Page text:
The unfamiliar story of chess’s genuine Beth Harmon

T hese are boom times for chess. Boards are offered out. Bookstores can’t keep how-tos on the shelves.

The factor: Beth Harmon, a Kentucky orphan turned chess prodigy, who in the 1950s and ’60s, controlled the normally male-dominated video game, beating one grandmaster after another.

Really, Harmon does not exist. She is the imaginary star of The Queen’s Gambit, the hit Netflix series based upon a 1983 novel by Walter Tevis that has chess fanatics remembering, in Chess.com’s words, “The real-life Beth Harmon.”.

Her name was Vera Menchik.

She was born in the winter of 1906, in Moscow. Unlike Harmon, who invested her girlhood years residing in a trailer park, Menchik’s household was thriving. They owned a mill. Menchik attended an all-girls independent school.

Then came the Russian Transformation.

” Whatever altered,” according to a 2019 Chess Magazine article stating her life. “The Menchiks found themselves in the middle of a civil war and living under a program which dealt with even moderate wealth with suspicion. The mill was confiscated. The family was needed to share their home with others and eventually lost it completely.”.

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Menchik was forced to switch schools. It was quite a modification, as she explained later in a 1943 letter to Chess Publication: “Throughout the winter of 1919-20 the school I went to was for a long time without water, heating or electric light, yet the classes went on and the students, outfitted in their fur-lined coats and hats, checked out by the light of a few flickering candle lights or an oil lamp, and after that perhaps had an hour’s walk house through the snow, for all traffic stopped after working hours.”.

For convenience, she relied on chess, a game her dad taught her at age 9. But by now, it wasn’t just the fallout of the Russian Revolution that left Menchik heavy-hearted. Her moms and dads divorced. Her daddy, a native Czech, moved back to Czechoslovakia. Her mother, a native of England, returned there with Vera and her sibling Olga.

Menchik might not speak English, so she tossed herself into chess, joining a regional club and taking private lessons. The game matched her failure to interact. In her letter to Chess Publication, she wrote: “I have frequently been asked, what made me think seriously about chess? It would appear that the environment of silence and heavy smoking is not suitable for a girl. That’s true! In other life circumstances it would not strike me to spend time in such a method, however chess is a peaceful game and therefore the best hobby for an individual who can not speak the language properly.”.

She instantly stood out, first in local matches, then regionally, then nationally, then worldwide. When the very first Women’s World Chess Champion was kept in 1927, Menchik won. When she kept winning women’s matches, typically very easily, she set her sights on guys, becoming the very first lady to play in male competitions.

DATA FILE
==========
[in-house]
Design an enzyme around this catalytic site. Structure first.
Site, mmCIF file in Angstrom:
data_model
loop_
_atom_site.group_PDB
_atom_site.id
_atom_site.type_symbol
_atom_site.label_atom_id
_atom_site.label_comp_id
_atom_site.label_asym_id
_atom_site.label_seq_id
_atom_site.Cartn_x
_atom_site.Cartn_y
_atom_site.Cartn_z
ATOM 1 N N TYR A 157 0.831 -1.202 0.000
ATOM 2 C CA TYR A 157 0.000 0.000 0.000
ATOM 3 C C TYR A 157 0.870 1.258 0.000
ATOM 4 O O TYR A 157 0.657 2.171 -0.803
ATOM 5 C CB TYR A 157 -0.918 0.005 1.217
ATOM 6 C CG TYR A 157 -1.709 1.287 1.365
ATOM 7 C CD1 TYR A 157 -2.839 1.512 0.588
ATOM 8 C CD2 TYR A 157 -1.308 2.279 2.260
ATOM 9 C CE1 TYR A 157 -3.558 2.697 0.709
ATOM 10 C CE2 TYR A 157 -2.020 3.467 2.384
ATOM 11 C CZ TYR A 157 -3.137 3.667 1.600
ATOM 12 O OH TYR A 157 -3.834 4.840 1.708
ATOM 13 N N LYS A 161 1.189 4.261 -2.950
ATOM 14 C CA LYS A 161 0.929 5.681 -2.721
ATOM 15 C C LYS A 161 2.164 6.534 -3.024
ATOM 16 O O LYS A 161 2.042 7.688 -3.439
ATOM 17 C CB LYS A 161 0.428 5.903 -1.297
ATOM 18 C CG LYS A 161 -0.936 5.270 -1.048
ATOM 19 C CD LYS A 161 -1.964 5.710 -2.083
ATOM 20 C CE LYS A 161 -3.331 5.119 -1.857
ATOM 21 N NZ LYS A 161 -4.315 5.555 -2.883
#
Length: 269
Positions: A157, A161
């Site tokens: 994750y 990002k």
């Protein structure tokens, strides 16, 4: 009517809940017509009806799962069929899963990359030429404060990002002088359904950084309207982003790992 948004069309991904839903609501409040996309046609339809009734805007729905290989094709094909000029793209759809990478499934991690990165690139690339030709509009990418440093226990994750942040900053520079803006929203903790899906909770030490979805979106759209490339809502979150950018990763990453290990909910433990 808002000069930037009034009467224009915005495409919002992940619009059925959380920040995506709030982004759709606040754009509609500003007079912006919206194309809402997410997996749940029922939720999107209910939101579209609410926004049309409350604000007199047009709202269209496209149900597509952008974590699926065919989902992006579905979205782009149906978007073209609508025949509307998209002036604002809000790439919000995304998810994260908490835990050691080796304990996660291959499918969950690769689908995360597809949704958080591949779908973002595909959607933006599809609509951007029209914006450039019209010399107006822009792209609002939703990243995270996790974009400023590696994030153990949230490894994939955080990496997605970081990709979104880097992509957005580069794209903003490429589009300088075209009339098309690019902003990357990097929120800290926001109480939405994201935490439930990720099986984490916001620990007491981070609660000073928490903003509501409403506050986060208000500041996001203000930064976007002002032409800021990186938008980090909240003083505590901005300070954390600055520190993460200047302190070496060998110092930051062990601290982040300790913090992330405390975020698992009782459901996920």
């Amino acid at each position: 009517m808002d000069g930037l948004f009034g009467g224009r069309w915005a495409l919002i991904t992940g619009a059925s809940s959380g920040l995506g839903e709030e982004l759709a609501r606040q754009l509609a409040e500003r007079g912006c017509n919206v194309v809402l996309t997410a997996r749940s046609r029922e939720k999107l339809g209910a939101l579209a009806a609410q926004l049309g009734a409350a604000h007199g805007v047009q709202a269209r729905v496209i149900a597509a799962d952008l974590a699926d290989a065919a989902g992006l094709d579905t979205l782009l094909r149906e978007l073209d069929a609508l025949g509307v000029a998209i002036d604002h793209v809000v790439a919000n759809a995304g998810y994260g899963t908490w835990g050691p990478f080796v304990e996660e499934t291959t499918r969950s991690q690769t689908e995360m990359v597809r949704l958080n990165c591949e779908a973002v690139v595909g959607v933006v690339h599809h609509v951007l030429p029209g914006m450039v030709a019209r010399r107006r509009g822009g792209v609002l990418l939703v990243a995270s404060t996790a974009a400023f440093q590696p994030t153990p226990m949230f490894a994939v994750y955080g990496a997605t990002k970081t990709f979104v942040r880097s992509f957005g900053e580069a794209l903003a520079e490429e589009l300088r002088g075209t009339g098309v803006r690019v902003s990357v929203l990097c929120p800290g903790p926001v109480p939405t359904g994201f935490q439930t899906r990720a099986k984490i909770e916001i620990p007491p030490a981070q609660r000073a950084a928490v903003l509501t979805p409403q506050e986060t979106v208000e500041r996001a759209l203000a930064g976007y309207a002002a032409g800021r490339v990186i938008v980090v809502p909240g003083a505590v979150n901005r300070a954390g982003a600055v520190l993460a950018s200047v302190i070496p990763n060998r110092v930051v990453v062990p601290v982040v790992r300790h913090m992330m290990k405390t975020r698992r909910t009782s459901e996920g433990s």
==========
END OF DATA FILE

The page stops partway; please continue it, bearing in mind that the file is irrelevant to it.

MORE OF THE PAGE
Menchik beat them, too.

In 1929, at 23, she drew global attention after she tied Akiba Rubenstein, a Polish grandmaster. Still, lots of leading male players were dismissive of her. Later that year, she played in what Chess Magazine called “the greatest chess competition because completion of World War I”.

At the event, a top Austrian player called Albert Becker was quite arrogant before playing Menchik.

” Gentlemen, I have a great idea,” Becker informed some pals before the match. “I recommend forming a club named after Vera Menchik. Those who will manage to lose a game to her will end up being complete members of the club. Those who draw will only be thought about as prospects for subscription.”.

Becker became the club’s first member.

Newspapers around the globe covered her matches.

Playing in more than 3 dozen male competitions, Menchick continued to beat a number of the leading gamers. Though she had difficulty with the super-elite Russians, her accomplishments were amazing.

” Menchik has actually achieved something that was unthinkable at the time– challenging the very best guys gamers of the time in chess,” Chess.com wrote in a short article celebrating a lady who is “all however forgotten today.”.

Her death was tragic.

In 1937, Menchick wed Rufus Henry Streatfeild Stevenson.

” He was a chess personality of moderate strength in play,” composed Robert B Tanner, in Vera Menchik: A Biography of the First Women’s World Chess Champion.

It was Stevenson’s second marital relationship to a female chess star. (His very first better half, Agnes Lawson Stevenson, died after unintentionally walking into a spinning airplane propeller.) Stevenson remained in poor health and Vera invested substantial time taking care of him, frequently at the expense of playing in tournaments.

He died in 1943, at the height of the Second World War.

A year later on, Vera was playing in a competition when her own life was claimed by the war.

” It was a removal tournament and she had actually won her very first three games, receiving the semi-finals,” Tanner wrote. “Her next video game was to have actually been played on June 27th.”.

On 26 June, 1944, there was a Nazi air raid on London. Vera was coping with her mom and sister in a London suburban area. A rocket hit their house, instantly eliminating all of them.

” Not just was the household wiped out,” Tanner wrote, “however so were her prizes.”.

She was 38.

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